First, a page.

Lydia MacMillan, a wealthy old woman who has never married, is invited by an old beau, Dr. Michael Fitzpatrick, for a reunion with the men who have been in her life to reminisce about the ... See full summary »
Edna May Oliver
An RAF squadron is brought down over occupied France. The flyers get to Paris in spite of the fact that the youngest, Baby, is injured. He must be hidden and his wounds cared for. The Gestapo has already issued orders for their arrest.
A Navy engineer, returning to the U.S. with his wife from a conference, finds himself pursued by Nazi agents, who are out to kill him. Without a word to his wife, he flees the hotel the ... See full summary »
Dolores del Rio
A Bank officer discovers a flaw in the U.S. extradition treaty with Brazil and decides to take advantage of it. On Friday, he steals a million dollars from the bank, knowing it won't be ... See full summary »
Andrew L. Stone
In 1858 France, Bernadette, an adolescent peasant girl, has a vision of "a beautiful lady" in the city dump. She never claims it to be anything other than this, but the townspeople all ... See full summary »
David Wayne and Albert Sharpe, who both have supporting roles in this film, were the stars of the original stage production of "Finian's Rainbow". That play opened on Broadway the year before this film was released and was playing there at the same time this film was being made. See more »
As Eben clings to Jennie on the rocks at the Land's End lighthouse, they speak to one another, but their lips either aren't moving or aren't in sync with what they're saying. See more »
Eben... I want always just to sit and watch you paint.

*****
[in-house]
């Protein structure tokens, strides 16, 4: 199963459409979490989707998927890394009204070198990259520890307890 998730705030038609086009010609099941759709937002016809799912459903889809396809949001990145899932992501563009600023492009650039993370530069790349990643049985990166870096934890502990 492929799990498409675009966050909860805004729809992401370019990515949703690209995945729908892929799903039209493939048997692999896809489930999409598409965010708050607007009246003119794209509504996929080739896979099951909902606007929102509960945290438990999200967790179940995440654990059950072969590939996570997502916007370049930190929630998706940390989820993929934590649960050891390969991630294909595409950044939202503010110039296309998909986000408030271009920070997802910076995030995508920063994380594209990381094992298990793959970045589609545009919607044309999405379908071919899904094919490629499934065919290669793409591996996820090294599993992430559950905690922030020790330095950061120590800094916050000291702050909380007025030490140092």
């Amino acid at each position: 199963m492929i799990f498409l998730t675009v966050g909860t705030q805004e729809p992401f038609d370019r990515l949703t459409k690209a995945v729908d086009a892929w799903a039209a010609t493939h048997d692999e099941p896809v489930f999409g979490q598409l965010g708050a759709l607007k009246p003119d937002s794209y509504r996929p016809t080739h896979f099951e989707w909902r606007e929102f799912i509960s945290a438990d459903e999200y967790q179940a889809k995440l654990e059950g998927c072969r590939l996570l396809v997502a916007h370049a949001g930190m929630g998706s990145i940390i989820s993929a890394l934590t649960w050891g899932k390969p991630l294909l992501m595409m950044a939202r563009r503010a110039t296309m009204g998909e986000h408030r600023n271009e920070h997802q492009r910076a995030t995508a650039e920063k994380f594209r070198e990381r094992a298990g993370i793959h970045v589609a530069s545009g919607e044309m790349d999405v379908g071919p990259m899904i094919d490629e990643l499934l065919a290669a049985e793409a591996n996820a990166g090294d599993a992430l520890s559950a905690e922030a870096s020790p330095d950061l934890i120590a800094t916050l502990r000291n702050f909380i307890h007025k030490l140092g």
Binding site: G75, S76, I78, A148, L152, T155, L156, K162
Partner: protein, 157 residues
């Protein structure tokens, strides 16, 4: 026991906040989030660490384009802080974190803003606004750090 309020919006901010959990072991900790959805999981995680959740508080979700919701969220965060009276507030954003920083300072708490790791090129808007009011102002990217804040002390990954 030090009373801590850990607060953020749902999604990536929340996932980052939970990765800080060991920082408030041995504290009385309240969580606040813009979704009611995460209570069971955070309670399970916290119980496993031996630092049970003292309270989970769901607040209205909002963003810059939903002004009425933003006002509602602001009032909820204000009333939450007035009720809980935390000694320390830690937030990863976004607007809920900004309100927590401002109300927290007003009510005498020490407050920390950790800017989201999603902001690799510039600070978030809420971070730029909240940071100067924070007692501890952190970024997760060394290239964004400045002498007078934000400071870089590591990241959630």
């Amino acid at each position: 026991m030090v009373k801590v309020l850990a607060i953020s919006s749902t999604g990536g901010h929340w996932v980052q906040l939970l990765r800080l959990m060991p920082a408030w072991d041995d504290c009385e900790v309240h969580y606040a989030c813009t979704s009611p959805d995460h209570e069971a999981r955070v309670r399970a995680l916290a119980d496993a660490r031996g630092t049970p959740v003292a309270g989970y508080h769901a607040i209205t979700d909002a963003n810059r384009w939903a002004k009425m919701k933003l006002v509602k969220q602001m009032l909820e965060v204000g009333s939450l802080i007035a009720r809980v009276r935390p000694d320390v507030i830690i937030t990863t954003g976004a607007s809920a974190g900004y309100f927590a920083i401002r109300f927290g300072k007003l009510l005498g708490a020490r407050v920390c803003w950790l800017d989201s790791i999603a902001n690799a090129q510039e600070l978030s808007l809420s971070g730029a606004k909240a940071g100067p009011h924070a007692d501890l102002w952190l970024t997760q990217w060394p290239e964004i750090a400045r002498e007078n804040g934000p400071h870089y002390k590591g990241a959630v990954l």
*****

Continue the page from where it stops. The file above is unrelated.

Now that I've found the perfect model, I'll paint her again and again.
No, I - - I didn't mean that... I mean I want you to paint all the beautiful things in the world.
[smiles, holds her tight]
You're the most beautiful thing in the world.
See more »
No credits at all are shown at the beginning except for the studio logo, not even the title of the film. Instead, we hear a narrator speaking the prologue, and then announcing, "And now, 'Portrait of Jennie'". The credits are saved for the end of the picture. See more »
"Portrait of Jeannie" ran again tonight on TCM and yet again I sat there mesmerized, and yes, admittedly in tears. It is a haunting film, one that once seen echoes in memory. It fulfills an ideal of love found and lost, with a promise that it will be found again, this time forever.
The use of Debussy is inspiring, as is the sepia tone shots which impressed me even more than the famed green tinted finale of the storm. I do wonder how that effect of sepia was achieved, as if a rough layer of burlap was draped over the lens to create a look of photographs from a lost age. It creates a sense of 19th and early 20th century images that is stunning. I was in NYC this summer for a couple of days and found myself at a bookstore on Columbus Circle doing a book signing. After I was finished there I wandered into Central Park, on a mission to find the locations of where the wonderful sequence of Jeannie, ice skating, meets Joseph Cotton and their first stunningly filmed encounter at night on a pathway. What a thrill to find those spot.
I grew up in NJ back in the 1950s and remember the stories about the great blizzard of 1948 and do wonder if that blizzard was used by the director for the incredible outdoor shots of Jeannie's first meeting with her lover born too late and the ice skating scene.
To any who have yet to see this film. You might be a cynic, jaded by all that our world tosses your way. This film can reawaken within you the dream, or memory of an ideal love, the bittersweet sense of loss and of promise. Believe me, I tend towards "guy" films, but with "Jeannie," cynic that I can be at times, I still pull out the box of tissues, sit back, have a good cry (something I don't admit to my macho friends) and marvel at the timelessness of this incredible film.
73 of 79 people found this review helpful.
Was this review helpful to you?